Do you have a piston for that with a Duratec 89mm bore?
We only manufacture two piston sizes for the 2.0/2.3L Duratec. We produce either 87.50mm to replace the standard piston in a standard bore or 88.00mm piston so the bore can be cleaned + 0.50mm oversize. The reason we do this is because the standard liner, which is cast into the Duratec block has been specially developed by Mazda/Ford. We have looked quite closely at replacing this liner because we get regular requests for bigger bore sizes, there are several problems;
1. The liner is very thin, which allows it to expand and contract with the aluminium that is cast around it.
2. The modern Duratec engine has not been designed to be rebored at any time in it's life, therefore the thickness of this liner is calculated to be correct at the 87.50mm bore.
3. We made a decision due to the design of the liner to allow only the smallest of rebore sizes to rectify a small amount of damage to the liner itself, this was the reason why we picked 88.00mm.
4. If we were to increase the bore size greater than 88mm, the liner thickness would become too thin, in our opinion, and over time would begin to distort.
5. Many of our competitors have not, in our opinion, taken this into account and although your engine may run successfully for a short period of time depending on use, eventually problems will occur creating premature engine wear and eventually failure.
6. Several companies have been replacing the liners, when the original liner is replaced there are several issues; the thin construct and ridged shape means that a lot of material has to be machined out to remove the original liner. This then means the aluminium left, particularly between the liners is very thin. The liner that is then used has to be off a completely different construction as it needs to be more self supporting, which is fine as far as the liner is concerned but the issue that arises is the thin layers of aluminium that expand and contract around the new more rigid liner are too thin and expand at a different rate to the now more rigid liner so again initially the engine will run ok, but the feedback we get from customers who have tried this option find failure seems to always occur in the short term in high performance engines but this takes a little longer on a road based engine.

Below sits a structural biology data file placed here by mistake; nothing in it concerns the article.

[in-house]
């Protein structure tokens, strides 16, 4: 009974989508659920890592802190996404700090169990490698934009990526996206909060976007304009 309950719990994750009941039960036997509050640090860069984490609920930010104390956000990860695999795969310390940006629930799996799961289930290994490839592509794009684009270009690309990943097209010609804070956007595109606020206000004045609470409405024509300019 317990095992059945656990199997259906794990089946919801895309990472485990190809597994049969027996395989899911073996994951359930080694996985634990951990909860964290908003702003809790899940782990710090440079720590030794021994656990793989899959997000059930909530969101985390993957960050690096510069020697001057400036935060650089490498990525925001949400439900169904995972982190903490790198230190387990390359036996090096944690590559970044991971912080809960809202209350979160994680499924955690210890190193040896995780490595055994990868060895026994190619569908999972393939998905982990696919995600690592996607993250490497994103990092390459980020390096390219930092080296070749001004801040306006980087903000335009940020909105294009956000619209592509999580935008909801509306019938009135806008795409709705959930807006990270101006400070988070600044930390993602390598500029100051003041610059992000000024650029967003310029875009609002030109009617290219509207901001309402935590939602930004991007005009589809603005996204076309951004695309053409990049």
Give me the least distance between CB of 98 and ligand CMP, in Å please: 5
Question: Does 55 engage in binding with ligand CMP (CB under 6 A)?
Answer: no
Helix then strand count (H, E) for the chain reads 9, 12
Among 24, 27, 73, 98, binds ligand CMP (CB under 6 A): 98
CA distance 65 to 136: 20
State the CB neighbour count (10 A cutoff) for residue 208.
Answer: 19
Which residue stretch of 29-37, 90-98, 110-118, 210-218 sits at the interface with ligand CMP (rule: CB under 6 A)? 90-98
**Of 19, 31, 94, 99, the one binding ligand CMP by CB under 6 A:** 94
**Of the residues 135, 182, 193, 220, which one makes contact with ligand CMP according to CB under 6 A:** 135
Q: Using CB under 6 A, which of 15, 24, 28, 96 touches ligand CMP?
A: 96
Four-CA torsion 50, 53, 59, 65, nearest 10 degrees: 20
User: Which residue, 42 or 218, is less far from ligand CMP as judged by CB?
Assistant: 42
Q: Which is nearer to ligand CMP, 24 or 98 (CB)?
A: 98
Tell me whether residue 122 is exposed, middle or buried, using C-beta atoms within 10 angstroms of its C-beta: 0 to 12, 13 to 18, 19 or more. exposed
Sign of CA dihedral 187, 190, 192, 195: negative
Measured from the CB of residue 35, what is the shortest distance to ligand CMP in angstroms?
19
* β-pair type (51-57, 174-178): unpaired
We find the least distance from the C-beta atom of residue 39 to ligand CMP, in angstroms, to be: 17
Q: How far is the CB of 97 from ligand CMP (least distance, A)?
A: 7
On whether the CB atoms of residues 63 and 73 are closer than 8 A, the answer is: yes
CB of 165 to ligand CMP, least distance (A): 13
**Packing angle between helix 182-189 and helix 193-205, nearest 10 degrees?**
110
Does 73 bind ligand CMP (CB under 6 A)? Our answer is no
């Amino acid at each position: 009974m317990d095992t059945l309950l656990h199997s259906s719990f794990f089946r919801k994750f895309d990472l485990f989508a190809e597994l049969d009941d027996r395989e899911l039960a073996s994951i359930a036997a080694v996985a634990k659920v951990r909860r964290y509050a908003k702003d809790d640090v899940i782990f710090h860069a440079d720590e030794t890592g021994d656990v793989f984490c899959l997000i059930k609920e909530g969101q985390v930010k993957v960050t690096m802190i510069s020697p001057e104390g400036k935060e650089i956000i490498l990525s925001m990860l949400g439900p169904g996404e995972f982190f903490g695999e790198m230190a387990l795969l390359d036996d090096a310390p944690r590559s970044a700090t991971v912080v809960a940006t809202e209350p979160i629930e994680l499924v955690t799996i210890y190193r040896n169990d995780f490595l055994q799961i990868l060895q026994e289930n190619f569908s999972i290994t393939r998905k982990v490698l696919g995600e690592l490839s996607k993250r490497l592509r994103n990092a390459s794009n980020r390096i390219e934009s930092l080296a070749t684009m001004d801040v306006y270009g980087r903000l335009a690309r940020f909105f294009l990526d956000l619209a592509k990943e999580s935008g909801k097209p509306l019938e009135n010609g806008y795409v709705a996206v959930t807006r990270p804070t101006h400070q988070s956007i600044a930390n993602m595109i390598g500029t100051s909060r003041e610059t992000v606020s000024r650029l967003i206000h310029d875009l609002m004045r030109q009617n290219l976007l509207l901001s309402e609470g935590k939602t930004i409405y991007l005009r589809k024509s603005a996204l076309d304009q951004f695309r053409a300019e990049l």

Although there may be a way of overcome the issues with replacing the liners, I believe the only way to do this successfully is to redesign the interior of the block completely, but this would be a very costly exercise and therefore should only be undertaken on turbo engines over 500bhp. It would actually be cheaper to replace the complete engine than it would be to carry this kind of work even when once developed properly.
So my suggestion would be to go with either the stock or +0.50mm version and if you are engine has more damage than that, that the block is replaced.